By Sandee LaMotte, CNN: For millennials, cancers fueled by obesity are on rise, study says
 
 
 
 
By David Tracy: NASCAR Engine Expert Explains Why You Should Warm Your Car Up When It’s Cold Outside
 
 
By Michael Ballaban: Tucker 48: The Car Too Good For Detroit
 
 
 
 
Gizmodo Science: First Dinosaur Feather Ever Discovered Isn’t What Scientists Thought; New Star Map Reveals the Milky Way Is Warped; Doctors Zap the Brains of Awake Brain Surgery Patients to Make Them Laugh and Have Fun and more ->
 
 
 
 
The Passive Voice: The No. 1 Rule in Any Negotiation; A Suspense Novelist’s Trail of Deceptions and more ->
 
 
 
 
By Stephanie Donovan: Blog Profiles: Technology Blogs
 
 
Weekly digest for Beyond Bylines, on February 4, 2019
 
 
 
 
By Samantha Schnurr: Why SpongeBob SquarePants Made a Cameo During the 2019 Super Bowl Halftime Show
 
 
Adam Levine responds to critics after Super Bowl halftime show
 
 

 
 
 
 
Today’s email was written by Lucas Reilly, edited by Whet Moser, and produced by Luiz Romero. Quartz Obsession: Scissors: Cutting edge since 1500 BC
 
 
 
 
By Jeffrey Mervis: One of Indiana’s new congressmen is a Vietnam veteran, a farmer … and a scientist
The infantrymen whom Jim Baird led in Vietnam fondly called him “pig farmer” because of his passion for breeding pigs. Now, nearly a half-century after he was helicoptered out of a firefight in which he lost his left arm, Baird answers to a new moniker: congressman.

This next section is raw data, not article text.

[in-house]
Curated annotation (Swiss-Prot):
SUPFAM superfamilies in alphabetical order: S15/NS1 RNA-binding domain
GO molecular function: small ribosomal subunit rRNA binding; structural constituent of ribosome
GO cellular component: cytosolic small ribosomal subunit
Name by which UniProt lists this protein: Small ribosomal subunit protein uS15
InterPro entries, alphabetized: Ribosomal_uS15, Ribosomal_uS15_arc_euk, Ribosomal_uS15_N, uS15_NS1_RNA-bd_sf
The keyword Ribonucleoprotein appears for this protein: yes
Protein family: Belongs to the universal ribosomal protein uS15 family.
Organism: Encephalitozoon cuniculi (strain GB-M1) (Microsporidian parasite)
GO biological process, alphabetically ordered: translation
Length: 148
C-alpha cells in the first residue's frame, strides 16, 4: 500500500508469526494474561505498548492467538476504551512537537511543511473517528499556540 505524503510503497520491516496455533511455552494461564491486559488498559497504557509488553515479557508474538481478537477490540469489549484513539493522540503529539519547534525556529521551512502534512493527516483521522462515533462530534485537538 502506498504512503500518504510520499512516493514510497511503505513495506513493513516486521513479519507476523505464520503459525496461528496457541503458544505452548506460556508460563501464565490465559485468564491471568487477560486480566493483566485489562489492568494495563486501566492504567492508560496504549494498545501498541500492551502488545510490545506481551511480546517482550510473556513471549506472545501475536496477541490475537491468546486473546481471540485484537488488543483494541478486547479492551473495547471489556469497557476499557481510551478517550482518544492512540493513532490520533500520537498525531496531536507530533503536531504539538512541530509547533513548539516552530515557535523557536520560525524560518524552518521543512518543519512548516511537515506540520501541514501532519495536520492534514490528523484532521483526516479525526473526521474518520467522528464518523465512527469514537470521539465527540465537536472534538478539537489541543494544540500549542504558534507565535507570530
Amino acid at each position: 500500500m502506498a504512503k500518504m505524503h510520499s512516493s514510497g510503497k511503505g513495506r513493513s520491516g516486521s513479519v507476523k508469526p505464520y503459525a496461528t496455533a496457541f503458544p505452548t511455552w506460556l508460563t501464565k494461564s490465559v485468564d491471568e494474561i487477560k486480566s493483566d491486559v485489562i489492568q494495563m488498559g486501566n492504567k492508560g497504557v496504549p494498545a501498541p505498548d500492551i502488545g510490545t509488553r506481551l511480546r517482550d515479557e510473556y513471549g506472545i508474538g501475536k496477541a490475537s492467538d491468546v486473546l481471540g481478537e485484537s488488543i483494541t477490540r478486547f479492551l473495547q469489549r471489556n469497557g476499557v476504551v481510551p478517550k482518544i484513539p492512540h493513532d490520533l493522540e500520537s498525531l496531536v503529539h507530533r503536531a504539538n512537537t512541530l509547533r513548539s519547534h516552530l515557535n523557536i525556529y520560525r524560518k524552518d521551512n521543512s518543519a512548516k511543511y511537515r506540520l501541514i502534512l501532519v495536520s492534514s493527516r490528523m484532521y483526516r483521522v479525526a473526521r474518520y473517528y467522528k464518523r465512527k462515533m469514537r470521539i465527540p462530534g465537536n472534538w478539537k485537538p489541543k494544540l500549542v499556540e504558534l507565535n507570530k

He’s the only rookie legislator with a science Ph.D. on the newly reformulated science committee of the U.S. House of Representatives. And he’s the only Republican among the three members of the 37-person panel holding such a degree.
 
 
 
 

Open Culture: The “Slave Bible” Removed Key Biblical Passages In Order to Legitimize Slavery & Discourage a Slave Rebellion (1807); Explore an Interactive Version of The Wall of Birds, a 2,500 Square-Foot Mural That Documents the Evolution of Birds Over 375 Million Years; How Dorothea Lange Shot, Migrant Mother, Perhaps the Most Iconic Photo in American History and more ->
 
 
 
 
By Sean Braswell: How to Swear Like a 19th-Century Sailor
Why you should care
Because a dirty and dangerous world largely devoid of women can lead to a rather creative vocabulary.

 
 
 
 
The Rural Blog: Voting precincts, especially in rural areas, slow to integrate mapping technology into voter registration systems; Report: driverless cars can’t solve rural transportation woes without broadband and better-marked roads; Electric co-ops seen as popular solution to rural broadband, but may take years to improve rural access and more ->
 
 
 
 
MessyNessy 13 Things I Found on the Internet Today (Vol. CCCXXXIX): The ridiculously dangerous sport of “Auto Polo”; One of the first female singer/ songwriters who performed in the 50s, quit in the 60s, vanished in the 70s, and became known in the 00s; Unreleased Queen & David Bowie Music; This “Water Tree” in Montenegro and more ->
 
 
 
 
Great story and comments!
By Bill Owens: Less Than 6K Miles: 1976 Chevrolet Chevette
 
 
 
 

Ideas

 
 
By Hometalk Highlights: 13 Cleaning Tricks That People With Spotless Living Rooms Swear By
 
 
 
 
Claire at Pillarboxblue Hometalker: Glamourous Oyster Shell Candles